By Jacob Rominger
Somi. a local of Champaign-Urbana, gives a world class performance at the Krannert Center for the Performing Arts.
Somi brought to the table a concert that was both exciting and unnerving at times. In her band's style of Jazz, she provided lead vocals for some songs but concentrated on instrumentals in others. Somi initiates some of her performances with heavy breathing into the microphone that puts the audience into incredible unease as they wonder if they are sighs of relief or pain. Whatever the purpose, they indicated a somber mood that contrasted black and white to the exhilarating instrumental performances of her bandmates.
The pianist especially brought an impressive passion to his work, but the guitarist, string, and drum performers each have their moment to shine which Somi ensures the audience takes notice of by joining in with her own dancing. Jazz songs, for me, start to flow together quickly as a landscape piece, were just being surrounded by the noise constitutes the experience rather than attempting to isolate each track on its own merits. As such, I take the performance in whole more akin to a popular music concept album, in which it is all meant to be absorbed in one sitting.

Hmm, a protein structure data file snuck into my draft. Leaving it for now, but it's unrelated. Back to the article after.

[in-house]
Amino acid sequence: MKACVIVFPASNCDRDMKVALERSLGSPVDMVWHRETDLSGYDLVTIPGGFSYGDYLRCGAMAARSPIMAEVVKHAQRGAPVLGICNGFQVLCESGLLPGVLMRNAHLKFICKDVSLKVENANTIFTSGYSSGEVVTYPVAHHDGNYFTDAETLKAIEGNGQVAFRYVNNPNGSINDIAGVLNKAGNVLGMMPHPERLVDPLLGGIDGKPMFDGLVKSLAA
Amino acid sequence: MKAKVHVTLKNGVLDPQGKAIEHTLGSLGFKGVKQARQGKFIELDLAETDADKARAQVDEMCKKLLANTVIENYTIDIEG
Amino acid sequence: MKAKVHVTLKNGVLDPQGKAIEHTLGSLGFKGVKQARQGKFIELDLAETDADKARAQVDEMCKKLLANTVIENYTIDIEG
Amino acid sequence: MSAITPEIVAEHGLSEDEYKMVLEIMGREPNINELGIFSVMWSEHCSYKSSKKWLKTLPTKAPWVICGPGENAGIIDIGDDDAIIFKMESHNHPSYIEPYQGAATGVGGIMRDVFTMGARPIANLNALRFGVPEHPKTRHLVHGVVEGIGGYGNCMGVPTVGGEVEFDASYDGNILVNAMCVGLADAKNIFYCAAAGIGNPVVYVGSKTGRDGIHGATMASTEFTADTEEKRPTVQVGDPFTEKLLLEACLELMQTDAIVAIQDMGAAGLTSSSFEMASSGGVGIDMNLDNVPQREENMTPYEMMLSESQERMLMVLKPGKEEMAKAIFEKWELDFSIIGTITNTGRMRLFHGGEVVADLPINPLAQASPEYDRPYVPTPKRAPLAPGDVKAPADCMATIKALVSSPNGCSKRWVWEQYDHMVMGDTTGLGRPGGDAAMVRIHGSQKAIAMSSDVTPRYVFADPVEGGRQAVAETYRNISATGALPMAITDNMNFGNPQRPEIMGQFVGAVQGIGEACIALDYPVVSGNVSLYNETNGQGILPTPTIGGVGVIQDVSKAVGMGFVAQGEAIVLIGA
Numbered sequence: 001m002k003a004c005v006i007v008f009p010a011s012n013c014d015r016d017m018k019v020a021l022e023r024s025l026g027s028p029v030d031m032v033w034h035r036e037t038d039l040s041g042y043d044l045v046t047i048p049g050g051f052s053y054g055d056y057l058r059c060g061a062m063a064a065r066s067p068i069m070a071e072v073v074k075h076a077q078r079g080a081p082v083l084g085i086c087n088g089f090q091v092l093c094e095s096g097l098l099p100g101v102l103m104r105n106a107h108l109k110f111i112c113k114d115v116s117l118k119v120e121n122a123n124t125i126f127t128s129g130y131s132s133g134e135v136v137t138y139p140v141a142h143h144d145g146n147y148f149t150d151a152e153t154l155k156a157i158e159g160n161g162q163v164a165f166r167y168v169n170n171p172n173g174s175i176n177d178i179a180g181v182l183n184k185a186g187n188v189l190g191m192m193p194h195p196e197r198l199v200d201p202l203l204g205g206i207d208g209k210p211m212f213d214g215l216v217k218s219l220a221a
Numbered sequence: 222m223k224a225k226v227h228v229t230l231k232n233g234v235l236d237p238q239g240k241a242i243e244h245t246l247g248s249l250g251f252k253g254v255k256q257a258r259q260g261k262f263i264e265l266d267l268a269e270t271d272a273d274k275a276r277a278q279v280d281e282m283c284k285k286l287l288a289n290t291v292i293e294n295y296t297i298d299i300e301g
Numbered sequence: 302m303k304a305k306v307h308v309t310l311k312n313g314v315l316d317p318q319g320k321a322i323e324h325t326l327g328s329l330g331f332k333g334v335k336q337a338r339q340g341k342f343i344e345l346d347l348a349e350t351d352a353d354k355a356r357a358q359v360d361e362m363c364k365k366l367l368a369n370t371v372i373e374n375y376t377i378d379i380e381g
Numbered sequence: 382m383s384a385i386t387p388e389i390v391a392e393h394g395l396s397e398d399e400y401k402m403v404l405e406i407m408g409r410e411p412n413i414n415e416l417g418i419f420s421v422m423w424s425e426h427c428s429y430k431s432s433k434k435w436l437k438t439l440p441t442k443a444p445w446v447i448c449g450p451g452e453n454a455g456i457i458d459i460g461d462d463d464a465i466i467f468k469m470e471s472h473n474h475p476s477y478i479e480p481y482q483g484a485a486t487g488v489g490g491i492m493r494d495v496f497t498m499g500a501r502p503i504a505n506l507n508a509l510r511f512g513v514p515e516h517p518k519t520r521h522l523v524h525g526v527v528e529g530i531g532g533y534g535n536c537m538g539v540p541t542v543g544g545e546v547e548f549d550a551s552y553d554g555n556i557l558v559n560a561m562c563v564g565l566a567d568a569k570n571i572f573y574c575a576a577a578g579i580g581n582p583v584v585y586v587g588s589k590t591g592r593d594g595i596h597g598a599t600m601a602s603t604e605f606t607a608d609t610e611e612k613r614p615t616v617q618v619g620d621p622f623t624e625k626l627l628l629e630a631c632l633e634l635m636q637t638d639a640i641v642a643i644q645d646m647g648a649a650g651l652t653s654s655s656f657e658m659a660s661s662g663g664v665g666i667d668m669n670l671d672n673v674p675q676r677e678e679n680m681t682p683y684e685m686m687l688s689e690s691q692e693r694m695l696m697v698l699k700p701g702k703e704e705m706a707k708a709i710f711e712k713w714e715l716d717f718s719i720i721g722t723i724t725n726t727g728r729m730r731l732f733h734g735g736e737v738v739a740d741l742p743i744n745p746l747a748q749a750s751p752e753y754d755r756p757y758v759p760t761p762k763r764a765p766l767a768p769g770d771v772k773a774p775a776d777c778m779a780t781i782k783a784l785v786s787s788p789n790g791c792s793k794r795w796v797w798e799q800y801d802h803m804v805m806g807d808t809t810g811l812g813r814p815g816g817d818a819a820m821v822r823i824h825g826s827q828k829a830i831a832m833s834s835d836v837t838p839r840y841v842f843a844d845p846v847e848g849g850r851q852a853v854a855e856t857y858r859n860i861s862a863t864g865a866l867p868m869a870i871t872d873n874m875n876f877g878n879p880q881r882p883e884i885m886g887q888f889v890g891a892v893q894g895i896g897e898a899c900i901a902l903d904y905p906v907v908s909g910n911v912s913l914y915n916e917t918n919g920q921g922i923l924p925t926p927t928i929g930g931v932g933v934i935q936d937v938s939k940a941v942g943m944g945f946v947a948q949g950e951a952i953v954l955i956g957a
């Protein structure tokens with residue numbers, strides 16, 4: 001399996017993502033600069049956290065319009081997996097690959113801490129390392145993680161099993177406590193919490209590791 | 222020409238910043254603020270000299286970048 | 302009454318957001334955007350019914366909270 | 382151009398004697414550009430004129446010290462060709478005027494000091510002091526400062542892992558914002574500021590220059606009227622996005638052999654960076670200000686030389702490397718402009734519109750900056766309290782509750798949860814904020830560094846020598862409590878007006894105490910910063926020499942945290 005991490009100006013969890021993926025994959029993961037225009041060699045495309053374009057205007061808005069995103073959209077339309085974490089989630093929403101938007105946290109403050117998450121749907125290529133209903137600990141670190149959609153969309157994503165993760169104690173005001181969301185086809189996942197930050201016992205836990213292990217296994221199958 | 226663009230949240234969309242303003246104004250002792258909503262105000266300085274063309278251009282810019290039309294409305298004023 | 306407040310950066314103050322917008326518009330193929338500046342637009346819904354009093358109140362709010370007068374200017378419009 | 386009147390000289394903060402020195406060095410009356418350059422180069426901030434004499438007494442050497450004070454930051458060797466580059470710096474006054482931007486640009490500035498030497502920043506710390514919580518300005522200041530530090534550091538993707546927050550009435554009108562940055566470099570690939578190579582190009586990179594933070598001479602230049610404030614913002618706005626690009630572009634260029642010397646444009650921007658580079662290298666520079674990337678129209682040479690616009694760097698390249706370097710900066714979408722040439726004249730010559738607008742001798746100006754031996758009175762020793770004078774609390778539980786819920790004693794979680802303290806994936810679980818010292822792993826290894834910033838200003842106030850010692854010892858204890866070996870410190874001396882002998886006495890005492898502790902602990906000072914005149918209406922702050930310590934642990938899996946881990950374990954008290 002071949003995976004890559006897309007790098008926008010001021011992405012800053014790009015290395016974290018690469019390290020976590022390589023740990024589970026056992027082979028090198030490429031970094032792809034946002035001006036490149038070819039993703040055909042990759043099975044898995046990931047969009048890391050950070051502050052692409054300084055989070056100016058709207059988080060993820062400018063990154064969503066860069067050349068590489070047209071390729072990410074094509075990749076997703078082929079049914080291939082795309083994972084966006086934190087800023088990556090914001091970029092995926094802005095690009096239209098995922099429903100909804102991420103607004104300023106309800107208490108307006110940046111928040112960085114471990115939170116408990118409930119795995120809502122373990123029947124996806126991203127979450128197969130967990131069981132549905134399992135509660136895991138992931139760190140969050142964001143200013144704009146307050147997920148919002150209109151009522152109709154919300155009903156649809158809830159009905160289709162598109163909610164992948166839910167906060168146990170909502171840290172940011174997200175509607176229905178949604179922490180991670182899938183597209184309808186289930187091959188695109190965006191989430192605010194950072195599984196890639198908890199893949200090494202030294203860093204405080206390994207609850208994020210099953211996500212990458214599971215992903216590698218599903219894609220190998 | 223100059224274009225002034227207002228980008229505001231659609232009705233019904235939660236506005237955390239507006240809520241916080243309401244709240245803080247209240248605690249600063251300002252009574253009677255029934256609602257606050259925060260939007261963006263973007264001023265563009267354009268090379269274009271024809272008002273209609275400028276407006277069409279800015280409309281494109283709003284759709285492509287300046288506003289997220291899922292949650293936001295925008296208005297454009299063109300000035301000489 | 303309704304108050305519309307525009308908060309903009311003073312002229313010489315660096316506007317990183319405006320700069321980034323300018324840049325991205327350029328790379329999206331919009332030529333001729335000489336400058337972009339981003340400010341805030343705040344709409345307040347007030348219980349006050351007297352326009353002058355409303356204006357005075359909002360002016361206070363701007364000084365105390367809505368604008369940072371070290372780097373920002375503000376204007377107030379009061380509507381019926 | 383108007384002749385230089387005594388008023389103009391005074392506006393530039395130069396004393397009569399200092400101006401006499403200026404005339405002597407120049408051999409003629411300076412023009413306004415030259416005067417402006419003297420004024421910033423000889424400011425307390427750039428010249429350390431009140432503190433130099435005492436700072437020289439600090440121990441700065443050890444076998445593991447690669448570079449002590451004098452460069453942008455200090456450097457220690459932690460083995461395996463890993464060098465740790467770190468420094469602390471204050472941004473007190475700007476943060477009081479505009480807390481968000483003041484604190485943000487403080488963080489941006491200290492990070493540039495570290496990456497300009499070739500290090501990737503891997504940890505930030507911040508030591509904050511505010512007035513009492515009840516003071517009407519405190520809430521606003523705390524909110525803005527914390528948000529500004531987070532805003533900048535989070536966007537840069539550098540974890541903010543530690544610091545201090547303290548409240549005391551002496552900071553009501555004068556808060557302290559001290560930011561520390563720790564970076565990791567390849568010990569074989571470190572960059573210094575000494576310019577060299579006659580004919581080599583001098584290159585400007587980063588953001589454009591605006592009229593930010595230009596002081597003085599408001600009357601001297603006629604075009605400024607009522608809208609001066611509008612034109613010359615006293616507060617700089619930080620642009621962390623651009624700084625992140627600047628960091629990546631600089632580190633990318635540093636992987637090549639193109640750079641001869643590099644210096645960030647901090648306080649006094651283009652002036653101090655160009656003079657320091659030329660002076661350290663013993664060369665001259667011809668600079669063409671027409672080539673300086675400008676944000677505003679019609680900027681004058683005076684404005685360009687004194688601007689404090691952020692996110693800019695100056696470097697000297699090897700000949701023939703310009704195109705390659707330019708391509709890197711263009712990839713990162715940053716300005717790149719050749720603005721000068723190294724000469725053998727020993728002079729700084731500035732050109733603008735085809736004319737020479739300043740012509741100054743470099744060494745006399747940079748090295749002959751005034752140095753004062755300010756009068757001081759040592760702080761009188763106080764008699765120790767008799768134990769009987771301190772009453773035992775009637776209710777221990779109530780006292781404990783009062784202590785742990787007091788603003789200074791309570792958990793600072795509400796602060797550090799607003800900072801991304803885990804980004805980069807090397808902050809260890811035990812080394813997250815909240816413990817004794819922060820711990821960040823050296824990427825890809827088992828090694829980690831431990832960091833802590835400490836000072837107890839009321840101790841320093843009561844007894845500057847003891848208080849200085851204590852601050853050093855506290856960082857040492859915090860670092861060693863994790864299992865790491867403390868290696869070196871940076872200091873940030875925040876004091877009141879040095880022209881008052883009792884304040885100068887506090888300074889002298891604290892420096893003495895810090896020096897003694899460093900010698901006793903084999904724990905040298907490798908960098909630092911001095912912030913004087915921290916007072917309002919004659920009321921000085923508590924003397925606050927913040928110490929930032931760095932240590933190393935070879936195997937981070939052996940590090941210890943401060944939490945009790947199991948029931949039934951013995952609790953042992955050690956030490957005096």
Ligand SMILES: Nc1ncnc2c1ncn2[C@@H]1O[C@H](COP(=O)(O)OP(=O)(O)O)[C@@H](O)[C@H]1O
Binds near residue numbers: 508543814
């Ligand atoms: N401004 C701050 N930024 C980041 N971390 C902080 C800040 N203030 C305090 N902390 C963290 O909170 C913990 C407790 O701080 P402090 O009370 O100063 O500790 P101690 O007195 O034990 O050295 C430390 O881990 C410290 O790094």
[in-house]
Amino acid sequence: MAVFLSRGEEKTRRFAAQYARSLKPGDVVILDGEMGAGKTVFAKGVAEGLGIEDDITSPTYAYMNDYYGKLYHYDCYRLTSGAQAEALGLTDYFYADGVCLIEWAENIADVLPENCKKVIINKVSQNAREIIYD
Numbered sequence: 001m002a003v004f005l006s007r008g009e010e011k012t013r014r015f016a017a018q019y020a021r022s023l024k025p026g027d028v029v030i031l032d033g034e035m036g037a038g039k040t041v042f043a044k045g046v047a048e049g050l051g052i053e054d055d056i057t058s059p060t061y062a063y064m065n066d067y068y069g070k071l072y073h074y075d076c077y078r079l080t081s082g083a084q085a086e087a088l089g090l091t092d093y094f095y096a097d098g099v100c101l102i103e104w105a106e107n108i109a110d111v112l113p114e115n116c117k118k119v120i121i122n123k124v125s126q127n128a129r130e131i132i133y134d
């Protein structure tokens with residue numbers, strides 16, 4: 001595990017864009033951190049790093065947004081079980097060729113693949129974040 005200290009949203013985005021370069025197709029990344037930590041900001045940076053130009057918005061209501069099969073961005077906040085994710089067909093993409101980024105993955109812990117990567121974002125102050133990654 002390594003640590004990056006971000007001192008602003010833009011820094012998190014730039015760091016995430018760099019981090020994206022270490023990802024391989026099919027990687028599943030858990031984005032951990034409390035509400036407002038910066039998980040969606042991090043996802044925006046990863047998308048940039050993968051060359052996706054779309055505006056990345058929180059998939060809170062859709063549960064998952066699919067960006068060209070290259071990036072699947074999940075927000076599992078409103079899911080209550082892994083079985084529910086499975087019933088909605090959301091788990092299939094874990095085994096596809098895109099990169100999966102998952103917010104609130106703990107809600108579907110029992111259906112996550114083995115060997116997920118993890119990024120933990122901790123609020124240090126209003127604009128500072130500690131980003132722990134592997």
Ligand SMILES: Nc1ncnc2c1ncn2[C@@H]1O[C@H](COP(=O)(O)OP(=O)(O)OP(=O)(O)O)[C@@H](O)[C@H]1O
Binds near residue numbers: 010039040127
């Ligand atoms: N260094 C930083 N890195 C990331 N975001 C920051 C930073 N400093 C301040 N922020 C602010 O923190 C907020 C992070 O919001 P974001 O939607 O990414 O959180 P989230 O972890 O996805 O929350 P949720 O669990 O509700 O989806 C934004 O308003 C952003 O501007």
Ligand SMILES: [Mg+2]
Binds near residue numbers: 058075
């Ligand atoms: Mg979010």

My soundscape approach to consuming Jazz however did not mean I missed out on the messages scattered throughout the lyrics, such as the Alien in New York song whereby in a Noire novel style she provides an emotional telling of the awkwardness of being a minority in the United States' city. Much more, the fact she is children of relatively recent immigrants provides even more degrees of separation than those from more established minority backgrounds and I believe she meant to send this sense of uncomfortable distinction in her lyrics in that she finds herself being identified strongly with her immigrant background more than a racial identity.
Somi chooses to take breaks to talk directly with the audience. Being local, she might have felt especially keen to engage with us. It is not a practice I am particularly excited to see, as I find it tacky, but I understand this sentiment is far from universally shared. Her time to recognize and thank those that had thus far supported her was heartwarming all the same.
This time, I did not come early for dinner and opted to try Krannert's stage bar as the place was packed with some party associated with Carle, the not-for-profit healthcare company local to the area. I ordered a Moscow mule which was served to me in a glass, not a copper mug (not an issue but worth noting). Further, it was very heavy on the vodka and light on the ginger beer, which I found amusing. I mused if I was making mine at home incorrectly, but later assured myself that my version is better regardless.